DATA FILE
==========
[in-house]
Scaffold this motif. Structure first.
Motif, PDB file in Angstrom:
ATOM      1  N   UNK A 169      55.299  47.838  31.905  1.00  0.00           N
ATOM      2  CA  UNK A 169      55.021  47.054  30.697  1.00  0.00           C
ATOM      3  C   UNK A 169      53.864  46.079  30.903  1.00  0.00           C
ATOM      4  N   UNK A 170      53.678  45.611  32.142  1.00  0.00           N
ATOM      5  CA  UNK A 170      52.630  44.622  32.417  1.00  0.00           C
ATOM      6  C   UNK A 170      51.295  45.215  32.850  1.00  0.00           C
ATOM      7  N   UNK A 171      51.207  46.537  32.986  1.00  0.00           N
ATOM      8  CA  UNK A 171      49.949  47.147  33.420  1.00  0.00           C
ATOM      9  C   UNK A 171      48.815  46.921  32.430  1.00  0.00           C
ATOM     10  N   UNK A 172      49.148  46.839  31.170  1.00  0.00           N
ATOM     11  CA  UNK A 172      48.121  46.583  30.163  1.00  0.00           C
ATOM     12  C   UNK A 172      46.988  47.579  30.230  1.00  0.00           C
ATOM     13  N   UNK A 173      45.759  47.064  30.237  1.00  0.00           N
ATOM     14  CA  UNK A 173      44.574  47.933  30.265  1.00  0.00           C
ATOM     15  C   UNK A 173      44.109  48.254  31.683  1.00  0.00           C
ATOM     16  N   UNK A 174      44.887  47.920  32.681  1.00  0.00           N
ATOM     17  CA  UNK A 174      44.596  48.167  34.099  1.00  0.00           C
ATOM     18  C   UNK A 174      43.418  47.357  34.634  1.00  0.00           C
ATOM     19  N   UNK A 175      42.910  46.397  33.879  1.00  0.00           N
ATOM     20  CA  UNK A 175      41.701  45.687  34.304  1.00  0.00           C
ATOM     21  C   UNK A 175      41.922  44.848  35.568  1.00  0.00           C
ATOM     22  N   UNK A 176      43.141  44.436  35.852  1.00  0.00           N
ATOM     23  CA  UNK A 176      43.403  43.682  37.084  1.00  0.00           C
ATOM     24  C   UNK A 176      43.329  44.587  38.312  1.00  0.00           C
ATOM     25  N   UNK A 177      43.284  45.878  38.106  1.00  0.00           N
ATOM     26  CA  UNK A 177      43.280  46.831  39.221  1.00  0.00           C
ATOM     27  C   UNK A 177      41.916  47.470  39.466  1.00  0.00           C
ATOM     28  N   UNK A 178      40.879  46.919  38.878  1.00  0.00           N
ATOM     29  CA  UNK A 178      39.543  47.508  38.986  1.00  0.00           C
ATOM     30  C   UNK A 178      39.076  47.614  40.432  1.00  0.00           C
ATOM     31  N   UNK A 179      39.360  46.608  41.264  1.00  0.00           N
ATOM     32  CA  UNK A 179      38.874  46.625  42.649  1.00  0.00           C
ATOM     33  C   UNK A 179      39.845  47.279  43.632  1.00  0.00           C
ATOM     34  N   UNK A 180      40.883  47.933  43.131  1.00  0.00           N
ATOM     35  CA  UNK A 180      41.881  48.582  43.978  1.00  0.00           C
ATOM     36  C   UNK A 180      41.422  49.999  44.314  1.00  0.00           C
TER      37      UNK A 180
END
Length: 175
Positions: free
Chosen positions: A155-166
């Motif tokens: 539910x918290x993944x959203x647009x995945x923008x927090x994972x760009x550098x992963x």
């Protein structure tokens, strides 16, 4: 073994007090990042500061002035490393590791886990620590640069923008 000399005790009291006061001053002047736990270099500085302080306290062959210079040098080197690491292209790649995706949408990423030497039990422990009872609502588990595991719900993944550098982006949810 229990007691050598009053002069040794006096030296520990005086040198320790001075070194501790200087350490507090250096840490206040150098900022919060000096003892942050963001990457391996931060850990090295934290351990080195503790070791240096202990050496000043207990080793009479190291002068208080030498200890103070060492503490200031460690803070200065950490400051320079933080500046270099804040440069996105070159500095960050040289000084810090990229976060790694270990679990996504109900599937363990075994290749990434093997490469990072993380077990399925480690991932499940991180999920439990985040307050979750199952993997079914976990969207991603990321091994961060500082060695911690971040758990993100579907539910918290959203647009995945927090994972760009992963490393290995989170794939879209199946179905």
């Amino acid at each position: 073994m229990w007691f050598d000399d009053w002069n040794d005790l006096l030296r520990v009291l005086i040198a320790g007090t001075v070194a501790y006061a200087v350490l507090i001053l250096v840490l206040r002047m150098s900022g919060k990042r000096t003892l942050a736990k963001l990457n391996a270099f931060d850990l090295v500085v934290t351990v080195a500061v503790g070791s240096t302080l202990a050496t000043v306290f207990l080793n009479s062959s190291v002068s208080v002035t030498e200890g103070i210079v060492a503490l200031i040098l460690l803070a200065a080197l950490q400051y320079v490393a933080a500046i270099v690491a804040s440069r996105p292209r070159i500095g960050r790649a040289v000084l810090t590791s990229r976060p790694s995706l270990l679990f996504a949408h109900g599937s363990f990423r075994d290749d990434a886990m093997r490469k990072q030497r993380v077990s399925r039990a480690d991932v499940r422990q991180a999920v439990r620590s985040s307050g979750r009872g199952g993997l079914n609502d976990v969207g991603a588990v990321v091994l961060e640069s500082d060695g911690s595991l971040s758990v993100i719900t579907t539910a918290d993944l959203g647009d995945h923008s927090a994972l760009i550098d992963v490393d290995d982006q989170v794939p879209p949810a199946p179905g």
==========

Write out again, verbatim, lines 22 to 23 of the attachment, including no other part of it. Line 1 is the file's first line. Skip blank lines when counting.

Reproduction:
ATOM     19  N   UNK A 175      42.910  46.397  33.879  1.00  0.00           N
ATOM     20  CA  UNK A 175      41.701  45.687  34.304  1.00  0.00           C